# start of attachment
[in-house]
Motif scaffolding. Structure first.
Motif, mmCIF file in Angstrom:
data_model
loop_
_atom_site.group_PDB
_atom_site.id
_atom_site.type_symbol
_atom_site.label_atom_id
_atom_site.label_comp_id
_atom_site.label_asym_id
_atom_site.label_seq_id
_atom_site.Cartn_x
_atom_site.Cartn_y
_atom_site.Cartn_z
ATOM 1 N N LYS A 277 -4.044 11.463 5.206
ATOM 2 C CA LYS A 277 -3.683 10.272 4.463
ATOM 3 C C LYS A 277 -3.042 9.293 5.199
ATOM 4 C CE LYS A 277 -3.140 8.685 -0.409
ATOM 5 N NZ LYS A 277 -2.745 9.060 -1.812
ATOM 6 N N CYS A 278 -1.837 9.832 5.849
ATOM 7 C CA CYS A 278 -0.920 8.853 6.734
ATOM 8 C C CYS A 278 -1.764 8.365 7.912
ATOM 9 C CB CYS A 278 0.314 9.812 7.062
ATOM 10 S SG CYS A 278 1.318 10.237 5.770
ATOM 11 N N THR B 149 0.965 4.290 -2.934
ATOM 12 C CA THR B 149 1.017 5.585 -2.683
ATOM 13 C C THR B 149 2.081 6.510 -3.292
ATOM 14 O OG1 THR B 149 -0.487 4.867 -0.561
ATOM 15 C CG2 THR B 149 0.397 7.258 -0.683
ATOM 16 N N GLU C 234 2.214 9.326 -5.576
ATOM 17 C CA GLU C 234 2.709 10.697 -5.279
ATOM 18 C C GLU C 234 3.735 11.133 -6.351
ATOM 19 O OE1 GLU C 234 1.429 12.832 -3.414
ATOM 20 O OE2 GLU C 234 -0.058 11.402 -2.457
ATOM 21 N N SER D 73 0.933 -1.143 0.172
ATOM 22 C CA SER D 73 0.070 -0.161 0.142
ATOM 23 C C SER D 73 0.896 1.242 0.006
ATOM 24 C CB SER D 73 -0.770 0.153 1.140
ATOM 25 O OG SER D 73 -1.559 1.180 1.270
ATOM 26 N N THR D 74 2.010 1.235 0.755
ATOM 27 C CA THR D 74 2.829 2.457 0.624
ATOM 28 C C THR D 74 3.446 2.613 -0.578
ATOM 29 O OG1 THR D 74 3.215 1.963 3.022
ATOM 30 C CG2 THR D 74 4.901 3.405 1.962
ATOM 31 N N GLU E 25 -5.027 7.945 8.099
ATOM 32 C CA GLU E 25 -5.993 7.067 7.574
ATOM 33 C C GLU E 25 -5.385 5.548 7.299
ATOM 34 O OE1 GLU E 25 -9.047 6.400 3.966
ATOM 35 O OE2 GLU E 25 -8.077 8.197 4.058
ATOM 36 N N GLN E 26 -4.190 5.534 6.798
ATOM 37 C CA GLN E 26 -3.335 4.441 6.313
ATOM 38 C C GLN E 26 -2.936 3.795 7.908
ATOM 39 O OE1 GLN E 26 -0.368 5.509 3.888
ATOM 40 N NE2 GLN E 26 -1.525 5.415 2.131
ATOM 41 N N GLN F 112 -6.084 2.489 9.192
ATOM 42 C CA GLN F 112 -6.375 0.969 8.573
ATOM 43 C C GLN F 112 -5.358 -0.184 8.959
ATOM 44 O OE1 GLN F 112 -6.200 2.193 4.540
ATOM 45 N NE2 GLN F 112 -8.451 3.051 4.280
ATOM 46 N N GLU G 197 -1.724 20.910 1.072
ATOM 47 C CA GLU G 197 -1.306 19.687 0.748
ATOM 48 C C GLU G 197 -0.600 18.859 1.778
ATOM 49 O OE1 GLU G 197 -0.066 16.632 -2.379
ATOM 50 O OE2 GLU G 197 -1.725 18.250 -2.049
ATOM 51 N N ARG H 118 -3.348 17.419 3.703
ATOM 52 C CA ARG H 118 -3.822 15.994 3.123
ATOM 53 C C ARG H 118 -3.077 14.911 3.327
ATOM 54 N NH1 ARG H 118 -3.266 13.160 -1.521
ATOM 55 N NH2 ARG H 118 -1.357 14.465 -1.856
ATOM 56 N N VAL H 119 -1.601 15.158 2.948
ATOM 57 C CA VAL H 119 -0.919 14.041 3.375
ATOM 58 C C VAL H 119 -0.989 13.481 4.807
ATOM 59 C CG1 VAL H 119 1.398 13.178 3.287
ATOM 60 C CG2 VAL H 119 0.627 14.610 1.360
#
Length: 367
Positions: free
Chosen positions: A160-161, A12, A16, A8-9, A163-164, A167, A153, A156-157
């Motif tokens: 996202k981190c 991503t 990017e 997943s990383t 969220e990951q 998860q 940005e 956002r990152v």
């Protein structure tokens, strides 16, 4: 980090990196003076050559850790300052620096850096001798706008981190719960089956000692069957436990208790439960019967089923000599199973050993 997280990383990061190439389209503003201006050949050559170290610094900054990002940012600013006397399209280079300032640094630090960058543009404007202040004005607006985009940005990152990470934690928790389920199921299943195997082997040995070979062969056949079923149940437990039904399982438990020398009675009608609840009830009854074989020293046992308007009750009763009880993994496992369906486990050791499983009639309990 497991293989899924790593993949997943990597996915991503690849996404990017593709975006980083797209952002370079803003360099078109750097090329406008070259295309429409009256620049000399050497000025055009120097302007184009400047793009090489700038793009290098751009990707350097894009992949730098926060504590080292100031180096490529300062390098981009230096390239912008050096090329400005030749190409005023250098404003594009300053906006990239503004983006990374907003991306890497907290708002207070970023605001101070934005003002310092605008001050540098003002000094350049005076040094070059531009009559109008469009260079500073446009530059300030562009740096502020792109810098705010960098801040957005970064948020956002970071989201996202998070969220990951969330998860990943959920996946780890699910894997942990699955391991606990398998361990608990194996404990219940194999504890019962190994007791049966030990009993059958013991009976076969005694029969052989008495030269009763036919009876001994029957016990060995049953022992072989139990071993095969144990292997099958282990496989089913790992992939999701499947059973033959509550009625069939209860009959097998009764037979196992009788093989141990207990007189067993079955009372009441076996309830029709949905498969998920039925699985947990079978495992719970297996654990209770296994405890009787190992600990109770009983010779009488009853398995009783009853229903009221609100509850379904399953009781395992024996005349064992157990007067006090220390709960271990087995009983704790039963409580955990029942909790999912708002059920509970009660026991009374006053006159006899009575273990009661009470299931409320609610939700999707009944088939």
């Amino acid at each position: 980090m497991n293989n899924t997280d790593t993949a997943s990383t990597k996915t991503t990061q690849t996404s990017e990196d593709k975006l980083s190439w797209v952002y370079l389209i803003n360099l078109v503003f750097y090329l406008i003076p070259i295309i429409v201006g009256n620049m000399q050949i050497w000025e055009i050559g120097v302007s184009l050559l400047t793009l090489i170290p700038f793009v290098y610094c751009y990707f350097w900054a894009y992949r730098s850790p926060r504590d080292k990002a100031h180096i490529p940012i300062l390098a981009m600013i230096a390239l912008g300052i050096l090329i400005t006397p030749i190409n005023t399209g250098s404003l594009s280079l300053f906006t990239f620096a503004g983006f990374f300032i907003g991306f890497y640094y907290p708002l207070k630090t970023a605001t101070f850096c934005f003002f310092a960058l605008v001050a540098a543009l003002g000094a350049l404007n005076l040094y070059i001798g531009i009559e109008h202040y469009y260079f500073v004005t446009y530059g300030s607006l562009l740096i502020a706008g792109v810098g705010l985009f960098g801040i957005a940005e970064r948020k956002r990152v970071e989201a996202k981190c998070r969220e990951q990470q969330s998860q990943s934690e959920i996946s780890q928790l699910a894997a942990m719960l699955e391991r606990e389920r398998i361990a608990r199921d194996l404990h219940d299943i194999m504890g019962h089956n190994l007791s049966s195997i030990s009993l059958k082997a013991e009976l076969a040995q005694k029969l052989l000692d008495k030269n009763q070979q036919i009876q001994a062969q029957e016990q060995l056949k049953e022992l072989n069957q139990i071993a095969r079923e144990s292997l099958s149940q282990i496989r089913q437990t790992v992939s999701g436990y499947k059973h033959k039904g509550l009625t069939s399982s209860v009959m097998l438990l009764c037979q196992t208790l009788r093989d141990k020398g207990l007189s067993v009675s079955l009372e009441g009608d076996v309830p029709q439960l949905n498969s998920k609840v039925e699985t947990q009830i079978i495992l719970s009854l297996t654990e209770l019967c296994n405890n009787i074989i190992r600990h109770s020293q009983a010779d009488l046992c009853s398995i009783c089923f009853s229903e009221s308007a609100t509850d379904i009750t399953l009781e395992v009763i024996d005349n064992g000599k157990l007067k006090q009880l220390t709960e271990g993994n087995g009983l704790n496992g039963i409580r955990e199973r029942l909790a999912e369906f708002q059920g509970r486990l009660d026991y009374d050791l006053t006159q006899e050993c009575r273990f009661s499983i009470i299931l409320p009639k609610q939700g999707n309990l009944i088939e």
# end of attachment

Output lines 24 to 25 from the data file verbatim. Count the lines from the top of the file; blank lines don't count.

ATOM 9 C CB CYS A 278 0.314 9.812 7.062
ATOM 10 S SG CYS A 278 1.318 10.237 5.770